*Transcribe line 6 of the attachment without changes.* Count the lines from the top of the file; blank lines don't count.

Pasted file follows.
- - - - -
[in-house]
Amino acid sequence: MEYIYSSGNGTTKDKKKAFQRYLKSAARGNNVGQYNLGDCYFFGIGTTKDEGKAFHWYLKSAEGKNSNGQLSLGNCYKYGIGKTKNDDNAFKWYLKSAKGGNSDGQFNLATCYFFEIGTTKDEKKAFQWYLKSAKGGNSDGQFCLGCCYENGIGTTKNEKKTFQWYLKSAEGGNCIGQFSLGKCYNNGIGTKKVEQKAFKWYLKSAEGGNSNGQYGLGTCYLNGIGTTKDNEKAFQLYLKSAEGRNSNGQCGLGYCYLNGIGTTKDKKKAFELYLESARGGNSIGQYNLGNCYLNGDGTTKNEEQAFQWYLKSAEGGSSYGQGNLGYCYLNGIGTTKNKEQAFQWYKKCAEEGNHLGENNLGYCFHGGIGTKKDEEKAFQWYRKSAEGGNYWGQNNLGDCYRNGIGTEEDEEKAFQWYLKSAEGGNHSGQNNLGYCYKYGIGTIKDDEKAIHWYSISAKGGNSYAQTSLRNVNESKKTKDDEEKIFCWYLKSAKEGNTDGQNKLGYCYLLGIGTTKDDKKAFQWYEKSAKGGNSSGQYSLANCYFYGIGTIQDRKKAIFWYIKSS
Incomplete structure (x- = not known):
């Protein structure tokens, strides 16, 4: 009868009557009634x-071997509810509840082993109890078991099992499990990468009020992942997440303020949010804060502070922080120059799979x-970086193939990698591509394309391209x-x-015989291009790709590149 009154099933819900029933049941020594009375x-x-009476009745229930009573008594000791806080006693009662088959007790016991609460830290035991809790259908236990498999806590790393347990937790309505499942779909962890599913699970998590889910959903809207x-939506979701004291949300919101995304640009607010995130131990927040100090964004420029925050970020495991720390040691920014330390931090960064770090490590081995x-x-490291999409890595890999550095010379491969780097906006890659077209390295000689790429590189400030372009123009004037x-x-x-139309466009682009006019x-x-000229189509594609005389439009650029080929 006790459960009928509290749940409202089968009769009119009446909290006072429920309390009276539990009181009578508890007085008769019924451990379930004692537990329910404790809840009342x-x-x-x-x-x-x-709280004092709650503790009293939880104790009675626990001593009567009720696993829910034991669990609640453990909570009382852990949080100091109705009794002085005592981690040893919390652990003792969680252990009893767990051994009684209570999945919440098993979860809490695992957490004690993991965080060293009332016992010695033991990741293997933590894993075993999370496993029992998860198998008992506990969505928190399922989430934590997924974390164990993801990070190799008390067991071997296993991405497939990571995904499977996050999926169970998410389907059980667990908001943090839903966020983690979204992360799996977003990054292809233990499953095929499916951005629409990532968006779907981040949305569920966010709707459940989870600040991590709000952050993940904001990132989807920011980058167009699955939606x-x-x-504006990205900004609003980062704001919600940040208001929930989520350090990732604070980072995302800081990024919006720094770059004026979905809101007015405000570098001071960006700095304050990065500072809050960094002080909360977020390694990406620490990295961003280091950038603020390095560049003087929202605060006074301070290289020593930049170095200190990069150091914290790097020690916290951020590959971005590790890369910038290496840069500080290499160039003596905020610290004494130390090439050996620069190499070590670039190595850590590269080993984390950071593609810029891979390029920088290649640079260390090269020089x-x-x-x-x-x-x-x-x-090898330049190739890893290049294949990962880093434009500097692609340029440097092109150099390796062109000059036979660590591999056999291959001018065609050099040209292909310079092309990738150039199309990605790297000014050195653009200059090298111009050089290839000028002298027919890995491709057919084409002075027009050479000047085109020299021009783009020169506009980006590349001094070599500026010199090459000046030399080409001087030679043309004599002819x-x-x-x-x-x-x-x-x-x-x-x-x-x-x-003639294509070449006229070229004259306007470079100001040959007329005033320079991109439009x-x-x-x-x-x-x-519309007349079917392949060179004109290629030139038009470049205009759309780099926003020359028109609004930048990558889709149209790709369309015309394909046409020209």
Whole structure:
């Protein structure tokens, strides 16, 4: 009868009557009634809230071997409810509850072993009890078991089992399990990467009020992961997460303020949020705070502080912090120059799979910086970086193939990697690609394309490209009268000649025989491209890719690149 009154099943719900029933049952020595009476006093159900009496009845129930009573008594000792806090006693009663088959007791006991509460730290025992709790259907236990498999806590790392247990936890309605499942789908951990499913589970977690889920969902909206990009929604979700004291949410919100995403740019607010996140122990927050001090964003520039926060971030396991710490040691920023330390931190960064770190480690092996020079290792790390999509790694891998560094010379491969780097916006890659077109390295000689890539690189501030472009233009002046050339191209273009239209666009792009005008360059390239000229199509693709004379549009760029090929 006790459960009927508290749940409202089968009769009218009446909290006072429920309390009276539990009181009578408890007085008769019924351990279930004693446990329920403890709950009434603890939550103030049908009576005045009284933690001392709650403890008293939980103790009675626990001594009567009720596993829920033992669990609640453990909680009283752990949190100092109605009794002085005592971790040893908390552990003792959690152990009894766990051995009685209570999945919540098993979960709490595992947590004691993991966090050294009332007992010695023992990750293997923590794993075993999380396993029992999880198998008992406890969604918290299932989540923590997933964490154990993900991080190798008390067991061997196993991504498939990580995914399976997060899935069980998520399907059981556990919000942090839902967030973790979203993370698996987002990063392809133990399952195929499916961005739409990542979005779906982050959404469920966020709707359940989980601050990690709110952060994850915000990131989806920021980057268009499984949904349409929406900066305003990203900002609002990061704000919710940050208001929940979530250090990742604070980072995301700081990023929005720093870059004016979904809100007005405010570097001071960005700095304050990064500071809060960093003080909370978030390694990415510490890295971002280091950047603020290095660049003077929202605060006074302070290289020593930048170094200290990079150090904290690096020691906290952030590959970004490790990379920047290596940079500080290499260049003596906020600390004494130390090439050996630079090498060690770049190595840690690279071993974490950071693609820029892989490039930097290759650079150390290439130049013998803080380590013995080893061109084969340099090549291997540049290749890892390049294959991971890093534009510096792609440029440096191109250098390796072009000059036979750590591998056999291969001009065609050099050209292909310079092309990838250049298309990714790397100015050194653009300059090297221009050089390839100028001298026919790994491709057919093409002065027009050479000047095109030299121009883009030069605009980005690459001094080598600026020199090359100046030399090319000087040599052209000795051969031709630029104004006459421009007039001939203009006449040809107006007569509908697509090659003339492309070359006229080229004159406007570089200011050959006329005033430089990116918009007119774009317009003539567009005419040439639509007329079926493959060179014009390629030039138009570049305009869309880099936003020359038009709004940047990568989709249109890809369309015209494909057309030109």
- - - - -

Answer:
């Protein structure tokens, strides 16, 4: 009868009557009634809230071997409810509850072993009890078991089992399990990467009020992961997460303020949020705070502080912090120059799979910086970086193939990697690609394309490209009268000649025989491209890719690149 009154099943719900029933049952020595009476006093159900009496009845129930009573008594000792806090006693009663088959007791006991509460730290025992709790259907236990498999806590790392247990936890309605499942789908951990499913589970977690889920969902909206990009929604979700004291949410919100995403740019607010996140122990927050001090964003520039926060971030396991710490040691920023330390931190960064770190480690092996020079290792790390999509790694891998560094010379491969780097916006890659077109390295000689890539690189501030472009233009002046050339191209273009239209666009792009005008360059390239000229199509693709004379549009760029090929 006790459960009927508290749940409202089968009769009218009446909290006072429920309390009276539990009181009578408890007085008769019924351990279930004693446990329920403890709950009434603890939550103030049908009576005045009284933690001392709650403890008293939980103790009675626990001594009567009720596993829920033992669990609640453990909680009283752990949190100092109605009794002085005592971790040893908390552990003792959690152990009894766990051995009685209570999945919540098993979960709490595992947590004691993991966090050294009332007992010695023992990750293997923590794993075993999380396993029992999880198998008992406890969604918290299932989540923590997933964490154990993900991080190798008390067991061997196993991504498939990580995914399976997060899935069980998520399907059981556990919000942090839902967030973790979203993370698996987002990063392809133990399952195929499916961005739409990542979005779906982050959404469920966020709707359940989980601050990690709110952060994850915000990131989806920021980057268009499984949904349409929406900066305003990203900002609002990061704000919710940050208001929940979530250090990742604070980072995301700081990023929005720093870059004016979904809100007005405010570097001071960005700095304050990064500071809060960093003080909370978030390694990415510490890295971002280091950047603020290095660049003077929202605060006074302070290289020593930048170094200290990079150090904290690096020691906290952030590959970004490790990379920047290596940079500080290499260049003596906020600390004494130390090439050996630079090498060690770049190595840690690279071993974490950071693609820029892989490039930097290759650079150390290439130049013998803080380590013995080893061109084969340099090549291997540049290749890892390049294959991971890093534009510096792609440029440096191109250098390796072009000059036979750590591998056999291969001009065609050099050209292909310079092309990838250049298309990714790397100015050194653009300059090297221009050089390839100028001298026919790994491709057919093409002065027009050479000047095109030299121009883009030069605009980005690459001094080598600026020199090359100046030399090319000087040599052209000795051969031709630029104004006459421009007039001939203009006449040809107006007569509908697509090659003339492309070359006229080229004159406007570089200011050959006329005033430089990116918009007119774009317009003539567009005419040439639509007329079926493959060179014009390629030039138009570049305009869309880099936003020359038009709004940047990568989709249109890809369309015209494909057309030109």